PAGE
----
The Portuguese parliament on Tuesday adopted a tough new austerity budget for the debt-wracked nation, as thousands of angry protestors rallied outside.
The text was adopted by lawmakers of the ruling centre-right coalition, who hold 132 of 230 seats, overriding the left-wing opposition which voted against.
The 2014 budget aims to save 3.9 billion euros ($5.3 billion), partly through cutting public sector salaries and pensions.
Thousands of protestors massed outside the parliament chanting "Government resign!" and "Enough of these crooks!", as lawmakers held the vote.
Portugal secured a 78-billion-euro ($104 million) economic bailout by the International Monetary Fund and European Union in May 2011, slated to end in June next year.
As a condition of the rescue, Lisbon has had to enact a series of austerity reforms to get its finances in check, which has deepened the recession and destroyed one in seven jobs, according to the International Labour Organization.
Unemployment hit a record 17.7 percent in the first quarter of this year.
The scale of the reforms and the painful impact of recession have sparked mass street protests, provoking a political crisis over the summer that nearly brought down Prime Minister Pedro Passos Coelho's coalition government.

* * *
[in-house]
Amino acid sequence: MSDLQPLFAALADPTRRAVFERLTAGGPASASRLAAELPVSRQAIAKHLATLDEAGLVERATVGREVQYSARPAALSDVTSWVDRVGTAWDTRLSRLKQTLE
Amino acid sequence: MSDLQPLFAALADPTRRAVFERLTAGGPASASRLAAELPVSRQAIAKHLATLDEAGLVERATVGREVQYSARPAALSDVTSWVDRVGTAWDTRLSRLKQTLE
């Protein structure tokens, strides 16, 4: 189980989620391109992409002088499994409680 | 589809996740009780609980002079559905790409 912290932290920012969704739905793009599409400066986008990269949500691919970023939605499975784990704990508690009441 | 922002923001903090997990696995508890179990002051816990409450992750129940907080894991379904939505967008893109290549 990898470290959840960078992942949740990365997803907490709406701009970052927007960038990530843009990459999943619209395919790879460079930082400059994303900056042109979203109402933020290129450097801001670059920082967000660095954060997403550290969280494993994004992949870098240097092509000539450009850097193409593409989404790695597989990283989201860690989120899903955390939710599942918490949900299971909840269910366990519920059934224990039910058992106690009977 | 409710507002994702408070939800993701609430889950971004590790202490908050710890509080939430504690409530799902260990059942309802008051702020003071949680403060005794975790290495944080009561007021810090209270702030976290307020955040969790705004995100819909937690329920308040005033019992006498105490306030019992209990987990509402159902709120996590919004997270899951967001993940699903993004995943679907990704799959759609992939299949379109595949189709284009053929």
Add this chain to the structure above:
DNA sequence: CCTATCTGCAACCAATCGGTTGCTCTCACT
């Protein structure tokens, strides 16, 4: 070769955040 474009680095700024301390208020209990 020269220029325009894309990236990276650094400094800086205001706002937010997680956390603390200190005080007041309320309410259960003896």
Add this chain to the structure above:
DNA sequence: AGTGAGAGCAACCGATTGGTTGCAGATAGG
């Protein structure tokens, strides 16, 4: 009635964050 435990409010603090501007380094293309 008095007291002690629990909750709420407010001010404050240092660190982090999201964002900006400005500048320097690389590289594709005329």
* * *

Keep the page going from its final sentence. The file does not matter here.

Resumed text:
Outside parliament, 61-year-old retired civil servant Isabel Quintas said that "even if this rally does not change the outcome of the vote, it is important for the government and lawmakers to know the Portuguese are against these measures."
The government views the budget measures as critical.
"The 2014 budget is a decisive step for Portugal to recover its financial autonomy" and "conclude its financial assistance programme" as planned in June 2014, said Finance Minister Maria Luis Albuquerque during the debate.
The budget still needs approval from the Constitutional Court, which triggered a political crisis once before by rejecting tax measures intended to meet bailout terms, and is due to rule in coming weeks on the proposed civil servant wage cuts.
The 2014 budget will cut civil servant wages by between 2.5 and 12 percent for those who earn more than 675 euros per month before taxes, which has sparked the anger of unions and the left-wing opposition.
Retired civil servant pensions worth more than 600 euros will be cut by 10 percent.
The age for receiving a full pension is being hiked to 66 from 65 currently, and spouse pensions are being means-tested.